A team of researchers in Japan has developed a porous material, decorated with a highly reactive ‘species’ of molecules that can be activated remotely using a technique called photoactiviation. Since porous materials have large surface areas for a given volume, they can be used for gas storage, and for the acceleration of chemical reactions. The ability to turn these molecular species ‘on’ or ‘off’ increases their utility. The novel porous material is also unique for its high degree of reactivity, which traditionally has been difficult to achieve while maintaining material stability.
Ryotaro Matsuda , Susumu Kitagawa of Kyoto University, the Japan Science and Technology Agency and the RIKEN SPring-8 Center and their colleagues, from these institutes and Japan Synchrotron Radiation Research Institute, made their porous material from a polymer network with an interlinked structure constructed from aryl azide molecules, which are relatively inactive but produce the highly reactive molecule aryl nitrene when irradiated with ultraviolet light.
The researchers exposed a single crystal or crystalline powder of their novel polymer to ultraviolet light and then measured the result with infrared spectroscopy, spin resonance and x-ray diffraction. Their results indicated that the irradiation converted a significant fraction of the dormant azides into reactive nitrenes, without disrupting the underlying porous network. The product was therefore a set of dense, highly reactive nanoscale pores.
The reactivity of these pores imparted new functionality to the polymer network, explains Matsuda. For example, the polymer’s oxygen storage capacity increased by a factor of 29 after irradiation. The researchers also observed nitrenes reacting with carbon monoxide, suggesting that the polymer could be used to detect or filter this dangerous gas. Furthermore, because reactive species besides nitrenes can also be activated in this way, the technique has the potential to allow the capture and conversion of a variety of gases. The ability to increase the storage capacity or the speed of a chemical reaction remotely, and at a particular time, also significantly increases the range of available applications, he notes.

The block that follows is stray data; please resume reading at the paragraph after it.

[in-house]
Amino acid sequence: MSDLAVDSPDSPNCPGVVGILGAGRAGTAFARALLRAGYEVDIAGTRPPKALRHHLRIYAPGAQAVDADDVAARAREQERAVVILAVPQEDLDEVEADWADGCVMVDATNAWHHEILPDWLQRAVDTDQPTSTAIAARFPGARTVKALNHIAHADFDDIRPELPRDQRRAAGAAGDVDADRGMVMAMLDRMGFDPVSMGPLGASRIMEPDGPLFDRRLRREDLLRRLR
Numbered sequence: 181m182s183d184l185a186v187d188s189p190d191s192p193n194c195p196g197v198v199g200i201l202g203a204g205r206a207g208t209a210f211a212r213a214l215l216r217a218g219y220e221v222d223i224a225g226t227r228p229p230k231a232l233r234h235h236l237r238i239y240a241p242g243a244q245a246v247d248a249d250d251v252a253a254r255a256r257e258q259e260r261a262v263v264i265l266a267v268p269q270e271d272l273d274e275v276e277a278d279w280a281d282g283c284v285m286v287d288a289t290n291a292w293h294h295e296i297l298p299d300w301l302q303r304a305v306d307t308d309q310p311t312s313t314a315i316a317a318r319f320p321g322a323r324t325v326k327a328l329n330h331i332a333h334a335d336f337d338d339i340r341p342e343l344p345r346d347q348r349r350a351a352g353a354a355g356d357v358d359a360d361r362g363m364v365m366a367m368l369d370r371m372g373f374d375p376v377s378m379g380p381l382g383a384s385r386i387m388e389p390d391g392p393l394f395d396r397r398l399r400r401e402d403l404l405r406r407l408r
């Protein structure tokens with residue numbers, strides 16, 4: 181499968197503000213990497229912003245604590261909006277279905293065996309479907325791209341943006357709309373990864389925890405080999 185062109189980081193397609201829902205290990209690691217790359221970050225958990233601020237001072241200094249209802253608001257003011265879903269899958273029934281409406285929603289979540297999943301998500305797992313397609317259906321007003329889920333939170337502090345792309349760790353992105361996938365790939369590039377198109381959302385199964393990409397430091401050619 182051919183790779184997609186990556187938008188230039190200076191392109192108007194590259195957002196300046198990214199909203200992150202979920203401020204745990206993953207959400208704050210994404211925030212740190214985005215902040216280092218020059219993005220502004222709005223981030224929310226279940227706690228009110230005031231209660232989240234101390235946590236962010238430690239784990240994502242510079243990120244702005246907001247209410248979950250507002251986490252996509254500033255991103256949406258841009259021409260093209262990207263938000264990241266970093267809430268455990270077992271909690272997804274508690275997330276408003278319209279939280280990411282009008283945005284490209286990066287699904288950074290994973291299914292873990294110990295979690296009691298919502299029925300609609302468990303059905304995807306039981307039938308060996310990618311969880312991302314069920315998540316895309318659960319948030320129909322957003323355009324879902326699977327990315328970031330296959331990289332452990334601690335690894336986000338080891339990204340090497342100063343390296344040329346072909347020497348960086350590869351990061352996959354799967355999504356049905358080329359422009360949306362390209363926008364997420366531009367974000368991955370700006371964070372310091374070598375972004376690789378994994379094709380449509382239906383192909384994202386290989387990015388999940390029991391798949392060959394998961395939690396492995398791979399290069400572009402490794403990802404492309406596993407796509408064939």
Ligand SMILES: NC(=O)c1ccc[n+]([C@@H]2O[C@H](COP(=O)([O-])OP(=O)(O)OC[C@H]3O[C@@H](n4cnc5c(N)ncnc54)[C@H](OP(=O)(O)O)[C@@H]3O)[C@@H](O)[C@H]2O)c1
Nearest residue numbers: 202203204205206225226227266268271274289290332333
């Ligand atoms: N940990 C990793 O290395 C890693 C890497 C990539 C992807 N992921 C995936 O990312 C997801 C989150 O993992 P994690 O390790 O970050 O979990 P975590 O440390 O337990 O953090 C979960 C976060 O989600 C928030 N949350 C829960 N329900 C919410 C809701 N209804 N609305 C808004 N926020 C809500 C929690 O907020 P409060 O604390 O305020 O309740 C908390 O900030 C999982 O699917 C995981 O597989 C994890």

The approach represents the confluence of well-understood photochemistry and the materials science behind porous networks, with potential implications for devices such as sensors and purifiers. However, while the initial results are promising, several critical features need to developed, according to Matsuda. “In addition to demonstrating the trapping of gases besides oxygen and carbon monoxide, we need to make our material reusable,” he says. “Currently, it cannot desorb gas molecules after the photoreaction, and therefore cannot be reused.”
The corresponding author for this highlight is based at the Spatial Order Research Team, RIKEN SPring-8 Center
1. Sato, H., Matsuda, R., Sugimoto, K., Takata, M. & Kitagawa, S. Photoactivation of a nanoporous crystal for on-demand guest trapping and conversion. Nature Materials 9, 661–666 (2010)
gro-pr | Research asia research news
Watching atoms move in hybrid perovskite crystals reveals clues to improving solar cells
22.11.2017 | University of California - San Diego
Fine felted nanotubes: CAU research team develops new composite material made of carbon nanotubes
22.11.2017 | Christian-Albrechts-Universität zu Kiel
High-precision measurement of the g-factor eleven times more precise than before / Results indicate a strong similarity between protons and antiprotons
The magnetic moment of an individual proton is inconceivably small, but can still be quantified. The basis for undertaking this measurement was laid over ten...
Heat from the friction of rocks caused by tidal forces could be the “engine” for the hydrothermal activity on Saturn's moon Enceladus. This presupposes that...
The WHO reports an estimated 429,000 malaria deaths each year. The disease mostly affects tropical and subtropical regions and in particular the African continent. The Fraunhofer Institute for Silicate Research ISC teamed up with the Fraunhofer Institute for Molecular Biology and Applied Ecology IME and the Institute of Tropical Medicine at the University of Tübingen for a new test method to detect malaria parasites in blood. The idea of the research project “NanoFRET” is to develop a highly sensitive and reliable rapid diagnostic test so that patient treatment can begin as early as possible.
Malaria is caused by parasites transmitted by mosquito bite. The most dangerous form of malaria is malaria tropica. Left untreated, it is fatal in most cases....
The formation of stars in distant galaxies is still largely unexplored. For the first time, astron-omers at the University of Geneva have now been able to closely observe a star system six billion light-years away. In doing so, they are confirming earlier simulations made by the University of Zurich. One special effect is made possible by the multiple reflections of images that run through the cosmos like a snake.
Today, astronomers have a pretty accurate idea of how stars were formed in the recent cosmic past. But do these laws also apply to older galaxies? For around a...
Just because someone is smart and well-motivated doesn't mean he or she can learn the visual skills needed to excel at tasks like matching fingerprints, interpreting medical X-rays, keeping track of aircraft on radar displays or forensic face matching.
That is the implication of a new study which shows for the first time that there is a broad range of differences in people's visual ability and that these...
15.11.2017 | Event News
15.11.2017 | Event News
30.10.2017 | Event News
24.11.2017 | Physics and Astronomy
24.11.2017 | Health and Medicine
24.11.2017 | Earth Sciences